New Hampshire Other
Safety Is Our Priority
New Hampshire is a great place to ride whether on a snowmobile or an Off-Highway Recreational Vehicle. We welcome riders to responsibly enjoy our extensive trail system, which includes over 7,000 miles of snowmobile and 1,300 miles of OHRV trails across New Hampshire. The Ride the Wilds system in the North Country offers more than 1,000 miles of trails alone for ATVs and UTVs. It’s a great way to spend time with family and friends and enjoy the beautiful landscape, from mountains, lakes, and rivers to forests, fields, and picturesque towns.
In recent years there has been a large surge in riding opportunities in the state and consequently an increase in the number of riders. We urge riders, whether novice or experienced, to ride safely, following all laws and recommendations. Some trails now include authorized roadways, where safety is even more crucial because you are sharing the road with cars and trucks.
Be sure to always wear a helmet and eye protection. An accident can happen in the blink of an eye with no notice, and the safety of riders is our greatest concern. All ages and skill levels are vulnerable to accidents, but inexperience plays a big part. In the past 5 years, 84% of riders involved in accidents (OHRV and snowmobile combined) had not taken a Safety Course. The New Hampshire Fish and Game Department strongly recommends that all riders participate in a Safety Education Class. State law requires that all operators 12 years of age and over must possess either a valid motor vehicle driver’s license or must have successfully completed an approved OHRV or Snowmobile Safety Education Class.
The vast majority of riders follow the rules and practice safe, responsible riding, but illegal off-trail riding, speeding, and modified exhaust systems damage the reputation of all riders and threaten the essential partnership with landowners that make the sport possible. Riders must stay on designated trails and respect the rights and requests of landowners. It is their generosity that allows us to have so many miles of great trails.
Also consider becoming more active in your sport by joining a local snowmobile or OHRV club. These organizations and their volunteers are a valuable asset and work to get landowner permission, maintain trails, and educate riders. Don’t forget to register your machines every year. So get outside, enjoy the ride through New Hampshire’s beautiful landscape, and be safe.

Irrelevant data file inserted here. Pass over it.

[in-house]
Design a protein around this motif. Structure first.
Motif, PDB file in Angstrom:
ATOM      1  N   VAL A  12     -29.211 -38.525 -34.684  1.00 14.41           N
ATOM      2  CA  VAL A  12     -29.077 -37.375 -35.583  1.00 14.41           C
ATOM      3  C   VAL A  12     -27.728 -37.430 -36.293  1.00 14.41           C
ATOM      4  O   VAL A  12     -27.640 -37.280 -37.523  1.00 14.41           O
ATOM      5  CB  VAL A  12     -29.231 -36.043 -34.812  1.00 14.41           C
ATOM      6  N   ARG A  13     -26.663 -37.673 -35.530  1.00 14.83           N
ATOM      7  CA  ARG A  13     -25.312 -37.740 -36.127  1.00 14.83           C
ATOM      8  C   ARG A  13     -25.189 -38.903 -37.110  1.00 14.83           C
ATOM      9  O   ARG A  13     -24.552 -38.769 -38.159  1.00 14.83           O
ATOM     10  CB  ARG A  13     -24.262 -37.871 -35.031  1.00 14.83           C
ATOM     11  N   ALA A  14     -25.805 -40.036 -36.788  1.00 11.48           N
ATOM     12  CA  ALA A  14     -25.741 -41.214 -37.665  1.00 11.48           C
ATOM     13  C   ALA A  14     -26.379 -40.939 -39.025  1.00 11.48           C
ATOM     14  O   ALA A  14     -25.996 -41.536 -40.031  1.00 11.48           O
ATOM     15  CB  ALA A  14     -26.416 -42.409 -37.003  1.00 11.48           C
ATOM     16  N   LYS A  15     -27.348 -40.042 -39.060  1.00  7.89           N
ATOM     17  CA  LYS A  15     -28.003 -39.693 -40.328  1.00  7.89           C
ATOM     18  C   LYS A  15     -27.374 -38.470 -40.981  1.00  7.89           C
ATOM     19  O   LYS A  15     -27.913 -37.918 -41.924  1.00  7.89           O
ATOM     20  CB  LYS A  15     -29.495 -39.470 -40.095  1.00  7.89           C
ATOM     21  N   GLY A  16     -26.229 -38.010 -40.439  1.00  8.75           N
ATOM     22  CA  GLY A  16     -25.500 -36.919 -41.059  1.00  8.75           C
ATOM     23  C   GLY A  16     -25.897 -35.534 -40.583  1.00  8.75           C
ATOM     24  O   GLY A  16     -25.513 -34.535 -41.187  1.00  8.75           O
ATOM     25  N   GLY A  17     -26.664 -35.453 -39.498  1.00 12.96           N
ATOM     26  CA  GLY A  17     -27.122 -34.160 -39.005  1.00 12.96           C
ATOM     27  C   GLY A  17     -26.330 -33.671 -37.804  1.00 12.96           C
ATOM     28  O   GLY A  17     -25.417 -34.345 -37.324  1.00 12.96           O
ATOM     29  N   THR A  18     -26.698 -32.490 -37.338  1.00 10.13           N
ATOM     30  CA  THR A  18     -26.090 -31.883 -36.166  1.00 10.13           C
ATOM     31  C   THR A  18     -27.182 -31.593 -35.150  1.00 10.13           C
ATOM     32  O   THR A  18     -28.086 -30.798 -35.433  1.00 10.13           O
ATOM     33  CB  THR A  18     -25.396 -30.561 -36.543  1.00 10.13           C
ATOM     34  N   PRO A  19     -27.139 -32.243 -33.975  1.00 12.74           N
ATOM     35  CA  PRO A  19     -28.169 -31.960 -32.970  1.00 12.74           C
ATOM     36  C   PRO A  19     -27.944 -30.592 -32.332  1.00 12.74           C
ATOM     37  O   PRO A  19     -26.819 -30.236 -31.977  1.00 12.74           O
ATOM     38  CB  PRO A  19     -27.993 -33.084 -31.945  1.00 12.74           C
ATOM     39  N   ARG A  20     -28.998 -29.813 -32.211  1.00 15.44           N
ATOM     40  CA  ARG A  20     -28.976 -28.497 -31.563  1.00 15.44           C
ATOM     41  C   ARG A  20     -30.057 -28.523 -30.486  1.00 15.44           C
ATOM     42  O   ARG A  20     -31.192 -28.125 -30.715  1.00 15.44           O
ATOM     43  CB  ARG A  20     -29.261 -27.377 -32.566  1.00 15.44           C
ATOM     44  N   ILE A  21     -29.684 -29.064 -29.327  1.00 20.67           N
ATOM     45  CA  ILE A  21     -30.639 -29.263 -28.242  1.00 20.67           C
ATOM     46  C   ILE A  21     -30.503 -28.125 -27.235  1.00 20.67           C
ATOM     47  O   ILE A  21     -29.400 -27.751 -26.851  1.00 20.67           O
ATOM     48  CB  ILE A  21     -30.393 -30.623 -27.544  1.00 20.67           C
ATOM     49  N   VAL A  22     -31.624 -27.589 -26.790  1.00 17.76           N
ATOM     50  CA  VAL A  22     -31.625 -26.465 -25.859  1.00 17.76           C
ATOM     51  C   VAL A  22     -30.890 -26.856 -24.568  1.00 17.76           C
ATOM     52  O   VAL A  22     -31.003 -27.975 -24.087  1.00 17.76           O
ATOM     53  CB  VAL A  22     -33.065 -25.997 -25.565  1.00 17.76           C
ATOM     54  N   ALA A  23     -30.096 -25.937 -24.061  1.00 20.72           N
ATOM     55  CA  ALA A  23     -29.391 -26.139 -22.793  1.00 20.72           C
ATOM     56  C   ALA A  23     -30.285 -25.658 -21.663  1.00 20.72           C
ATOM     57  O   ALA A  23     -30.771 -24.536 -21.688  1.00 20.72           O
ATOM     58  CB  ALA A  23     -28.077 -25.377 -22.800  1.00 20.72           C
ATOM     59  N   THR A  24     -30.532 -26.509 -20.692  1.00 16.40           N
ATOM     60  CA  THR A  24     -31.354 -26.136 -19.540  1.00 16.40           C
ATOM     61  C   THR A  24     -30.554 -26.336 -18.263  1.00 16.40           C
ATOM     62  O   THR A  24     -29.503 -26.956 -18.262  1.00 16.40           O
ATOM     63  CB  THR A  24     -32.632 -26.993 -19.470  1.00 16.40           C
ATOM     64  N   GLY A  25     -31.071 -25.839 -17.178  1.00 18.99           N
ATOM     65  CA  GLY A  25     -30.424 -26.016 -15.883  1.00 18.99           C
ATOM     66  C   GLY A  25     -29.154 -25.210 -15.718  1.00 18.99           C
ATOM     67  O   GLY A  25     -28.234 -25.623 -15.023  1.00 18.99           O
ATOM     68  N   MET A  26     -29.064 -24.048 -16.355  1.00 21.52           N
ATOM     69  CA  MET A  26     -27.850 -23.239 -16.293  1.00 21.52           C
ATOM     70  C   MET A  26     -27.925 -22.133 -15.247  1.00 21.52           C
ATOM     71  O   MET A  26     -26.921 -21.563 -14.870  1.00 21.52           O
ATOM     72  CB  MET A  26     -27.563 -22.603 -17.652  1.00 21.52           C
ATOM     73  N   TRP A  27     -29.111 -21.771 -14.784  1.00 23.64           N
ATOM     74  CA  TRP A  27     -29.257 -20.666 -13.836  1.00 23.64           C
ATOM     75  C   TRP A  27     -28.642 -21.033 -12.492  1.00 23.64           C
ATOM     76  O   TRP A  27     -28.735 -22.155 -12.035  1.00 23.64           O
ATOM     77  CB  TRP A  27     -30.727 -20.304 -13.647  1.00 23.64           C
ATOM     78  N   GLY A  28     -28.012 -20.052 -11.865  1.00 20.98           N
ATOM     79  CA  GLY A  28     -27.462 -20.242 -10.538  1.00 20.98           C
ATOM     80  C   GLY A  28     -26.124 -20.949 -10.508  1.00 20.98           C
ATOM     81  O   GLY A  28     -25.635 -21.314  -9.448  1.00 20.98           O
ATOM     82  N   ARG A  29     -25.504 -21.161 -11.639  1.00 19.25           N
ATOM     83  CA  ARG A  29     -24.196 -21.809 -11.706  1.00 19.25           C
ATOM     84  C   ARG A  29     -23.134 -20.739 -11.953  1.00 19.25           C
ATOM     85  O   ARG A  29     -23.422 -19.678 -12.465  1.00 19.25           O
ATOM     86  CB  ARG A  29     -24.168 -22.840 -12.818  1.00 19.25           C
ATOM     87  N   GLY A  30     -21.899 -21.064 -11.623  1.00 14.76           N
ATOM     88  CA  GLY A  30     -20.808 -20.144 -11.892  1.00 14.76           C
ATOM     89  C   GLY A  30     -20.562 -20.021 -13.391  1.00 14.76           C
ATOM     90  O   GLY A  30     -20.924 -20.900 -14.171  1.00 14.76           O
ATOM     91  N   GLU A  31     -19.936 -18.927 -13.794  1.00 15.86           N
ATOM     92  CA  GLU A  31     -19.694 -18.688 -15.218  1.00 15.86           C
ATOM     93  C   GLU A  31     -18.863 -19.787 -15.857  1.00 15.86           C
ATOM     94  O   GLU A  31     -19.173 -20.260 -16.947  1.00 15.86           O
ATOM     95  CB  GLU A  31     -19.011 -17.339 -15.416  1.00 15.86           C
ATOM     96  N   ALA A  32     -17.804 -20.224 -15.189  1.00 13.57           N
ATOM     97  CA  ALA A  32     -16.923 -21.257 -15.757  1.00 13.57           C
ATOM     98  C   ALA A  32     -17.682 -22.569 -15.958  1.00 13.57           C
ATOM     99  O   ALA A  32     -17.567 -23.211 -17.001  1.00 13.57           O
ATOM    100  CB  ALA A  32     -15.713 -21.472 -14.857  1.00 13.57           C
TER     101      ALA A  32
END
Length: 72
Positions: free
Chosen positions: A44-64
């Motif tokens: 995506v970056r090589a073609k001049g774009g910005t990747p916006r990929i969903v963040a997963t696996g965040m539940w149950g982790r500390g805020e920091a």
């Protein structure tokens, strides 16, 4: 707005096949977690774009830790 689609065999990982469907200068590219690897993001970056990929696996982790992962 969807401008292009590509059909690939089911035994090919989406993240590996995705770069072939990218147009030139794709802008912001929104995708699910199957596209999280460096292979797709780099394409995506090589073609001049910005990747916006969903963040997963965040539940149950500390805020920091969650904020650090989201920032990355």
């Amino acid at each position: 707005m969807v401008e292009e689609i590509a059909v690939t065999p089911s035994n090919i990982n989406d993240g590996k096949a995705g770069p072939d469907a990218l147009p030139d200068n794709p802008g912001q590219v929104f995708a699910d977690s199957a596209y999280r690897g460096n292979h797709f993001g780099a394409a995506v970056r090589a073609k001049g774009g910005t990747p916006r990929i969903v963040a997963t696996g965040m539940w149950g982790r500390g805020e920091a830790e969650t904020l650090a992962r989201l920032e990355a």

NH Fish and Game Department
N.H. Fish and Game — Our Mission
As the guardian of the state’s fish, wildlife and marine resources, the New Hampshire Fish and Game Department works in partnership with the public to:
- Conserve, manage and protect these resources and their habitats;
- Inform and educate the public about these resources; and
- Provide the public with opportunities to use and appreciate these resources.
The NH Fish and Game Department receives Federal Assistance from the US Fish & Wildlife Service, and thus prohibits discrimination on the basis of race, color, national origin, disability, age and sex, pursuant to Title VI of the Civil Rights Act of 1964, Section 504 of the Rehabilitation Act of 1973, Title II of the Americans with Disabilities Act of 1990, Title IX of the Education Amendments of 1972, and the Age Discrimination Act of 1975. If you believe you have been discriminated against in any program, activity or service, please contact or write the US Fish & Wildlife Service, Division of Wildlife and Sport Fish Restoration, 4001 N. Fairfax Drive, Mail Stop: WSFR – 4020, Arlington, Virginia 22203, Attention: Civil Rights Coordinator for Public Programs.